Great skeleton lesson plan materials, just make sure you add the muscle.
Overall Readworks is a great resource, I love that it has a framework all set up for me for each lesson. That being said the teacher facing lesson plan is not super in depth and could provide more specific book pages to stop on and more higher level questioning ideas. Also I would love to see some deeper vocabulary practices like gross-motor interaction and vocab visualizations/charts being added to their lessons to help ELL/Low Literacy students even more. I did like using it as a spring board to creating my own lessons and as a benchmark for where my instruction is. Readworks is a great resource that I hope continues to grow into having more specific teaching points and more comprehensive teaching techniques and activities.
How I Use It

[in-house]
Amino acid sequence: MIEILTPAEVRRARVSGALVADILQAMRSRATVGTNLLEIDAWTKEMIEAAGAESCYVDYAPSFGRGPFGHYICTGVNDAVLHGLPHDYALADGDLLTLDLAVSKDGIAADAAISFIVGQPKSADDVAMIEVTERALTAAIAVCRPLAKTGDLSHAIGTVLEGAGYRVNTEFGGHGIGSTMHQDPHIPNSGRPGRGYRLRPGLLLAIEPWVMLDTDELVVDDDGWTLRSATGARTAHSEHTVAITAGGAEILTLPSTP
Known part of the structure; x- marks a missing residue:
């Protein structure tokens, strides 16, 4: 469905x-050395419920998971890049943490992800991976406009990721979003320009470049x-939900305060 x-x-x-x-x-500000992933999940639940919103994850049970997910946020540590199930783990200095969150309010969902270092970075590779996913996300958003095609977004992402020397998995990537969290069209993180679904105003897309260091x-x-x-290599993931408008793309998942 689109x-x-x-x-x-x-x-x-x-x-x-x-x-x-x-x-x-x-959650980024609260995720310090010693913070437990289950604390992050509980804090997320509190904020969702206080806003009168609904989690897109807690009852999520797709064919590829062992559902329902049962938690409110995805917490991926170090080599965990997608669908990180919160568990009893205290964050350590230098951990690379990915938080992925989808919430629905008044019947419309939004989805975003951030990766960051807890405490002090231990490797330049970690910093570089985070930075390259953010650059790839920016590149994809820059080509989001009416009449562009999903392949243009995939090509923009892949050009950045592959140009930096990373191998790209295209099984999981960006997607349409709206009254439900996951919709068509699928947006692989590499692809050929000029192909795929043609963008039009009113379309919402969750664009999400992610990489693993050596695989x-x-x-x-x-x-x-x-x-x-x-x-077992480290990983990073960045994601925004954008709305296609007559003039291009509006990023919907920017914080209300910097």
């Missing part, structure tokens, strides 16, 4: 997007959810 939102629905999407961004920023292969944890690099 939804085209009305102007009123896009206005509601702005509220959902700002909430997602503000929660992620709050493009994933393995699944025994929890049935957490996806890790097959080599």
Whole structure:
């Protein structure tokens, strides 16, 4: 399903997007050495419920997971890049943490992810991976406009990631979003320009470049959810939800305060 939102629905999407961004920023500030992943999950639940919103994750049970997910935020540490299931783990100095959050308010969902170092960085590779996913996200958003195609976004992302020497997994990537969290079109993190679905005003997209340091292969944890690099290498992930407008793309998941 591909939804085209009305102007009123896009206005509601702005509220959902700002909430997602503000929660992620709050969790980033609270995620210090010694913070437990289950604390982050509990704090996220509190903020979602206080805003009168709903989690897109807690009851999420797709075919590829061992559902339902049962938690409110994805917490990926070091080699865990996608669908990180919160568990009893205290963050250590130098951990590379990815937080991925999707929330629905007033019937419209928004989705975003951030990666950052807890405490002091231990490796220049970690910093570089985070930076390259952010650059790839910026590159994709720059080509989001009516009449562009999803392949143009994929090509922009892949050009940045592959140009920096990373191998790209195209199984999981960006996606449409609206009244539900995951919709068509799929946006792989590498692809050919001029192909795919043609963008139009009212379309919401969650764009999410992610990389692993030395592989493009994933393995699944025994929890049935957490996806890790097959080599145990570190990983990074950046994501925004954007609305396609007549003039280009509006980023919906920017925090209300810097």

I use Readworks as a bellwether for myself and a boost to my instruction. As a bellwether it gives really great examples of key shifts in literacy when looking at the common core. This helps me to see if I'm changing and improving my instruction to be ready for the common core. On top of that they give a ton of example lesson plans, complete with lesson materials and some explanation of things like vocab and necessary background knowledge. This gives me something I can peg my own lesson plans and execution to, it helps me to up the quality of my lesson planning to be the same, if not better than what is on the site (hopefully better...). By using these lesson plans I also boost my own instruction, having the framework and connection to CCSS right off the bat helps me to be more creative, go deeper with my students, and differentiate more for individual, or small groups of, students. It takes a lot of work out of lesson planning when their lessons sync up with my scope and sequence and give me a lot more freedom/time to go above and beyond. Even though the resources are curated and created by "experts", some lessons will still fall short of where you want to go or do not have all the proper scaffolding/activities that may be needed for ELL and Low Literacy students. Also, some of the texts are actually books which is great, because kids love real books instead of black and white print outs, but does mean I need to plan ahead and get to the library or Amazon to have the book ready to go. That being said I've found the books choices to be varied and engaging for my students. Make sure you check out the "Research Base" section under "Lesson & Units" to see how they're framing their work and how you can push your own instruction.